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4 July, 2011  ▪  Alina Pastukhova

Sounding the Alarm

International organisations seem disappointed with the scale of democracy and freedoms in Ukraine since the 2010 election

Freedom House has presented a report with the eloquent title Sounding the Alarm: Protecting Democracy in Ukraine based on political monitoring in Ukraine. The report contains the harshest findings of Western experts compared to those for all 20 years of independence. According to David Kramer, the Executive Director, Freedom House has been critical of all Ukrainian governments. However, the last year proved to be the worst of all. Through their findings, Western experts essentially warned Viktor Yanukovych and his team that they will have to forget about any prospects of deeper European integration unless the situation improves.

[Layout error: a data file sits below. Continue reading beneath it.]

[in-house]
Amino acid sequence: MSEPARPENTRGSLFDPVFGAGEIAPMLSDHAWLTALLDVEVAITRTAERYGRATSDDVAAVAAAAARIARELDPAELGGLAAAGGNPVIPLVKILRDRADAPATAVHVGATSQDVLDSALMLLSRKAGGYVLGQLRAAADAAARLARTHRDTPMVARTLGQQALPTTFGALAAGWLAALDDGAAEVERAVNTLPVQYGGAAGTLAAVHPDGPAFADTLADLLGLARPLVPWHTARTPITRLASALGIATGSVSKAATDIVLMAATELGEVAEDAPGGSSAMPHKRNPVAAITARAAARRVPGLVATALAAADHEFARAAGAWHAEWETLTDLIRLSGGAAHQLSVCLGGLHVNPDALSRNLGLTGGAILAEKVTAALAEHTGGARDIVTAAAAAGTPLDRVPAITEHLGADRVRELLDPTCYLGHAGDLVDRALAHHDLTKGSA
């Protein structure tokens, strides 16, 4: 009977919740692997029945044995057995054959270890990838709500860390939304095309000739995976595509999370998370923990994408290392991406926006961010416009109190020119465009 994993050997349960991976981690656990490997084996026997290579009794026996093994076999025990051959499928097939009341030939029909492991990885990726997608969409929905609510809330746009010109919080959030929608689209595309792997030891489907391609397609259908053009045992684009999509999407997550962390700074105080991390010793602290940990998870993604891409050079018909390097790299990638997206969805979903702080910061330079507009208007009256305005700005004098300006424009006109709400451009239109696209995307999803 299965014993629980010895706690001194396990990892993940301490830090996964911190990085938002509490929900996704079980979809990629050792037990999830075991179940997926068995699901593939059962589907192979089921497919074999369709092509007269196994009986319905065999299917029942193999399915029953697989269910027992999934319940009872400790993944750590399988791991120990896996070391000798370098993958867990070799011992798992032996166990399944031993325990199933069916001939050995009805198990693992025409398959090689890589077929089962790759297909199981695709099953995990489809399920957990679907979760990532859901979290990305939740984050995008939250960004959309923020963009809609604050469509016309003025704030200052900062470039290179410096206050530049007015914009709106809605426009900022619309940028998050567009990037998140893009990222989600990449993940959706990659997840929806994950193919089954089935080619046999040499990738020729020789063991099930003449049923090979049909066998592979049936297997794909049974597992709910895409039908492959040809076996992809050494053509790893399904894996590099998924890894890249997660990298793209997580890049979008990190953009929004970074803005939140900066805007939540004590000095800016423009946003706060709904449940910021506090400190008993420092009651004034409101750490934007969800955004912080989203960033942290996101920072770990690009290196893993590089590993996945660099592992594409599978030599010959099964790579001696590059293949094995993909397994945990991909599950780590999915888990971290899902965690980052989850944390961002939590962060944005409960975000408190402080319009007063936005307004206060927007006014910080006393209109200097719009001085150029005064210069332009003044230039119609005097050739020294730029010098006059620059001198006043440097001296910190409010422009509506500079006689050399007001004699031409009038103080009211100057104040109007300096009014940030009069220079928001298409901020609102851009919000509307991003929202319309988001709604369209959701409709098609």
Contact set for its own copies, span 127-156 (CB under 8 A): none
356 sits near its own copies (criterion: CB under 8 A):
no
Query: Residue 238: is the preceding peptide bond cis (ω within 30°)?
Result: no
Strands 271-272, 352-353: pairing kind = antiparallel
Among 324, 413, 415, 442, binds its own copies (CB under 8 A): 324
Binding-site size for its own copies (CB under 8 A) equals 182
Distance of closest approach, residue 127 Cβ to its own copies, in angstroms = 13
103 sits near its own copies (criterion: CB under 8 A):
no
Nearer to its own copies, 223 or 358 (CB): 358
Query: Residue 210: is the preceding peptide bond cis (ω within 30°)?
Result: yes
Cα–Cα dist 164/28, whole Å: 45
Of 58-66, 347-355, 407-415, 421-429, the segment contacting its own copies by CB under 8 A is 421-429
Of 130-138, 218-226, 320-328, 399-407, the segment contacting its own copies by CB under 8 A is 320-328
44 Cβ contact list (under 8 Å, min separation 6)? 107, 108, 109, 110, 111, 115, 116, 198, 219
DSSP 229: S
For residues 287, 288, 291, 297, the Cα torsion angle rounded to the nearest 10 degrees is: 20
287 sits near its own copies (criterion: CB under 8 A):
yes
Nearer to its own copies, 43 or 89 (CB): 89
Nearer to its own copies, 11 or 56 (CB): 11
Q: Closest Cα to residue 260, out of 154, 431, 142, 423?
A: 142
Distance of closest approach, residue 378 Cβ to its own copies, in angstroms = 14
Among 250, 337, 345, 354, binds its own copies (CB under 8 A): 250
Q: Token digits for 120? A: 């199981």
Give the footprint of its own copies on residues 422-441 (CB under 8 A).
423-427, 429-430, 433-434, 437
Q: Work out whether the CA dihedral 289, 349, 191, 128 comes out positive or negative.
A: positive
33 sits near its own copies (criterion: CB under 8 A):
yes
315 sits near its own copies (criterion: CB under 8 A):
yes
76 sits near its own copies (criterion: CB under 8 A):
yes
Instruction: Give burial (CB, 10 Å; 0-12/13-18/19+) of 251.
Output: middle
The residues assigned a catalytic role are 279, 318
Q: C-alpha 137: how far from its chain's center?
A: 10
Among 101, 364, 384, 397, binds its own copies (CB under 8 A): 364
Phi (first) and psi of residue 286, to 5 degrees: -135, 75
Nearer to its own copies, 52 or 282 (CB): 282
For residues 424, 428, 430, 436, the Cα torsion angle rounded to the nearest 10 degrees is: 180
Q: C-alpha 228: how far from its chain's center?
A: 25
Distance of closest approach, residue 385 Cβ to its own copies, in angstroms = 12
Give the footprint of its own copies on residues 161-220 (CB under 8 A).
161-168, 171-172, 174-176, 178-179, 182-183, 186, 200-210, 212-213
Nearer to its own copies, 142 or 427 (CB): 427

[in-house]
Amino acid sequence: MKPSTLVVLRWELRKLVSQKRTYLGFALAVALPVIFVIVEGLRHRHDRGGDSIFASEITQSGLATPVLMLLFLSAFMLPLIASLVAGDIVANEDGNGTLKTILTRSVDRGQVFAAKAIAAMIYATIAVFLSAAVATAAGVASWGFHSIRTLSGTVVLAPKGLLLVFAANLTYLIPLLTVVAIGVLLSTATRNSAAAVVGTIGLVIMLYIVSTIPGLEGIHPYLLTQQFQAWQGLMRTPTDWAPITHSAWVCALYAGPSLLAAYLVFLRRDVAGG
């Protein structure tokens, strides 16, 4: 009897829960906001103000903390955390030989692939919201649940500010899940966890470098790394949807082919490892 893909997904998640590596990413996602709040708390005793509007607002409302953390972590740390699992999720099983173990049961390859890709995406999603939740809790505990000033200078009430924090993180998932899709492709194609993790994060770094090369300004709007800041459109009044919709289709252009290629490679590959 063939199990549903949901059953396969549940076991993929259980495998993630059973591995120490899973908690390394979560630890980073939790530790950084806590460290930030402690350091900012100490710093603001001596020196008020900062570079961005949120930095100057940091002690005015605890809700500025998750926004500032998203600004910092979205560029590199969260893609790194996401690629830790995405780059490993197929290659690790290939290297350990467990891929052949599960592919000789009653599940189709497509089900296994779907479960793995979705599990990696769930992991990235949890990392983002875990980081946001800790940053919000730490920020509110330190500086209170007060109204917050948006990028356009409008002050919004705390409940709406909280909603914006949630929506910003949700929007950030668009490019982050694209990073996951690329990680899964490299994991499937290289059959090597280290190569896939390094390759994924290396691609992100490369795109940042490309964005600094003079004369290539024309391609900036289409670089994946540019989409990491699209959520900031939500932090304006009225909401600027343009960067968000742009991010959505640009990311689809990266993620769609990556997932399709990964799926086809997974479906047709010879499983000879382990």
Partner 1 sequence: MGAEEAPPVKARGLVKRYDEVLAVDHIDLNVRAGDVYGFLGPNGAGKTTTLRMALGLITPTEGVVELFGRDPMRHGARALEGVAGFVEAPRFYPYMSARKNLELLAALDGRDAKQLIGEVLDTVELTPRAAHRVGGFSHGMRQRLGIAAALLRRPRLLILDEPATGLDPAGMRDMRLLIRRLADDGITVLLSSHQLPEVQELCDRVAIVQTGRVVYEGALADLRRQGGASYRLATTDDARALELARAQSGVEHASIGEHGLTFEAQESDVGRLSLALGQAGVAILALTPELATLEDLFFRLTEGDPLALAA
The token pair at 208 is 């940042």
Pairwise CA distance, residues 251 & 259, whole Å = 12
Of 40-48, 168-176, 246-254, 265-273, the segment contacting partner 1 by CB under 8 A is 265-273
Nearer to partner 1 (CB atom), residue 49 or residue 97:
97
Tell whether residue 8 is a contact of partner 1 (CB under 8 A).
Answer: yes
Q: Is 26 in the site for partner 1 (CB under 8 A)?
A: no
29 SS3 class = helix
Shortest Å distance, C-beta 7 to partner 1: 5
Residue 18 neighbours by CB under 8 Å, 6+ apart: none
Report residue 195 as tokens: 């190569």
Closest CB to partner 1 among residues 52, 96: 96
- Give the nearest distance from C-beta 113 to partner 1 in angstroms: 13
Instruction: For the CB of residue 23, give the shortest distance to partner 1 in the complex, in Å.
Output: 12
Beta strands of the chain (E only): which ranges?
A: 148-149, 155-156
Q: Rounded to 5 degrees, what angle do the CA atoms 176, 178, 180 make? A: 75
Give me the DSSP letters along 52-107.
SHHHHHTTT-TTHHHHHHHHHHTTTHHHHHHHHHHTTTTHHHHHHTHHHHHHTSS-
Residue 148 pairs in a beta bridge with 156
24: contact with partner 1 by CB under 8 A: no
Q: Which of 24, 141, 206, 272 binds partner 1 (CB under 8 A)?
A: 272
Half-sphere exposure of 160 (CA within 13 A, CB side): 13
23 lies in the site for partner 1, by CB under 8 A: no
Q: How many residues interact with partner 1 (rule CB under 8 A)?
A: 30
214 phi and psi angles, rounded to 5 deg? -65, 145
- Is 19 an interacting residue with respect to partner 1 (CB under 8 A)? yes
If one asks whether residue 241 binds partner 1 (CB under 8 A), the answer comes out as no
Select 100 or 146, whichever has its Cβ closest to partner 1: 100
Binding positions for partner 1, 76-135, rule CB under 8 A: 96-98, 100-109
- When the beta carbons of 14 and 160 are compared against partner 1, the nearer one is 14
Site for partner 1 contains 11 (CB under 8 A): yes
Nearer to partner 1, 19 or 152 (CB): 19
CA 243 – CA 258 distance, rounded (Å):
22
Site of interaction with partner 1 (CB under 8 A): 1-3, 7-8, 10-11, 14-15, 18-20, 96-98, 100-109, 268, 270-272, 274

According to the report, the international community is concerned about the excessive concentration of power in the hands of the effective president and Party of the Regions. To Freedom House experts, it looks like the government is trying to remove any obstacles from their way, including public control over the government that could make it harder for those in power to reach their goal. What concerns Western human rights advocates the most, are criminal persecution of opposition leaders and the growing role of law enforcement agencies, particularly the SBU, in politics. They stress the declining freedom of peaceful assembly, given the arrest and interrogation of public activists as well as restricted freedom of speech in connection to the establishment of control over the leading mass media by oligarchs, who are loyal to the government. Another challenge highlighted in the report is the problem of ensuring fair and transparent elections as seen in the 2010 local election and the fact that expert opinion is frequently ignored in the process of drafting new election legislation. The government’s humanitarian policy has also come under harsh criticism, especially the support of the Russian language that aggravates the division of society. Freedom House experts recommended that Mr. Yanukovych fires Dmytro Tabachnyk, the Education Minister, “for spreading the unnecessary and dangerous division of Ukraine on the basis of national identity, language and education.”